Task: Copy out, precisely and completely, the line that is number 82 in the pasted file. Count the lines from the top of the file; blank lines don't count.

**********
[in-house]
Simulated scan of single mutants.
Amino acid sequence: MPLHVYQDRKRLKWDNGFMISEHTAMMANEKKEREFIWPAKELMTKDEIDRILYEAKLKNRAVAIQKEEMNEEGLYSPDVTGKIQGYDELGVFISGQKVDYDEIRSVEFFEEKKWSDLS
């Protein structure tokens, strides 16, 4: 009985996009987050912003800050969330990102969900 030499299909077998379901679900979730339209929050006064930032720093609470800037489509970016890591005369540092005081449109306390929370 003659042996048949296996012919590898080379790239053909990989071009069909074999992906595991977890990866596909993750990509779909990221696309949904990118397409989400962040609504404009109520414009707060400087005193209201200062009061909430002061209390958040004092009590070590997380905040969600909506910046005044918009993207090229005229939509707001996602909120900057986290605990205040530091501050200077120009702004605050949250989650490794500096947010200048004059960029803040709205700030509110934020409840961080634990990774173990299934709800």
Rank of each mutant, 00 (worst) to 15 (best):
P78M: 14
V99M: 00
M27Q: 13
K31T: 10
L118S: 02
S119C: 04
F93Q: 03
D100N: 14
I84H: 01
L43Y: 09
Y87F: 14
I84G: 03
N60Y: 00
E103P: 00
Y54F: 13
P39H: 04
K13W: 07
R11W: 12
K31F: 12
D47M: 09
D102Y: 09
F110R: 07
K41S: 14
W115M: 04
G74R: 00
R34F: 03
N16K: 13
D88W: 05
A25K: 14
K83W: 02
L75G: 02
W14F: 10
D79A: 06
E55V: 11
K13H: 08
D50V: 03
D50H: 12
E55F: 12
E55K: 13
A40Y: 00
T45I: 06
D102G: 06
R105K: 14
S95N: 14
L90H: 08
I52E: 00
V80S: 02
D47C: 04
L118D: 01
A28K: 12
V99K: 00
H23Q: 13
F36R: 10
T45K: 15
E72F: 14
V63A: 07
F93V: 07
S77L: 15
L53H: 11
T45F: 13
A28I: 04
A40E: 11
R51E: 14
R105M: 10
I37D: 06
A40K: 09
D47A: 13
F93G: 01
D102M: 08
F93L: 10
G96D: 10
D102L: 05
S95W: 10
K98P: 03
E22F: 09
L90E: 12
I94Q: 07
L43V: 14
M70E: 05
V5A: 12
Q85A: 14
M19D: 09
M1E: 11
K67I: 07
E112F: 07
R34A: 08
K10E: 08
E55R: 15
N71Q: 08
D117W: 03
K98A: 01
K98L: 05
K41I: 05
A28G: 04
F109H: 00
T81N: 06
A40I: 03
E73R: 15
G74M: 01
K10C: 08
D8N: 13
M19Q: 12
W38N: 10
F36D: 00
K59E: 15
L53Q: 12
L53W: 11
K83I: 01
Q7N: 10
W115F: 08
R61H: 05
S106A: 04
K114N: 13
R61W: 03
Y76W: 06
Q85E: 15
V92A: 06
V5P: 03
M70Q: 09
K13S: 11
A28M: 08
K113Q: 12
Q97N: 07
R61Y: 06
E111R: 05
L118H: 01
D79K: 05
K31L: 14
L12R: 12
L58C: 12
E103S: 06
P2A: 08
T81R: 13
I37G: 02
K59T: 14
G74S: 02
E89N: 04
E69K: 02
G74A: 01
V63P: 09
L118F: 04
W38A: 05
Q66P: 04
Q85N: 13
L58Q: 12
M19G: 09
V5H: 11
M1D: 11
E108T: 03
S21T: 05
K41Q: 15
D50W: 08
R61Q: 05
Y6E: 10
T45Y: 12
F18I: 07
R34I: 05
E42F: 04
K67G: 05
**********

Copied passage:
I94Q: 07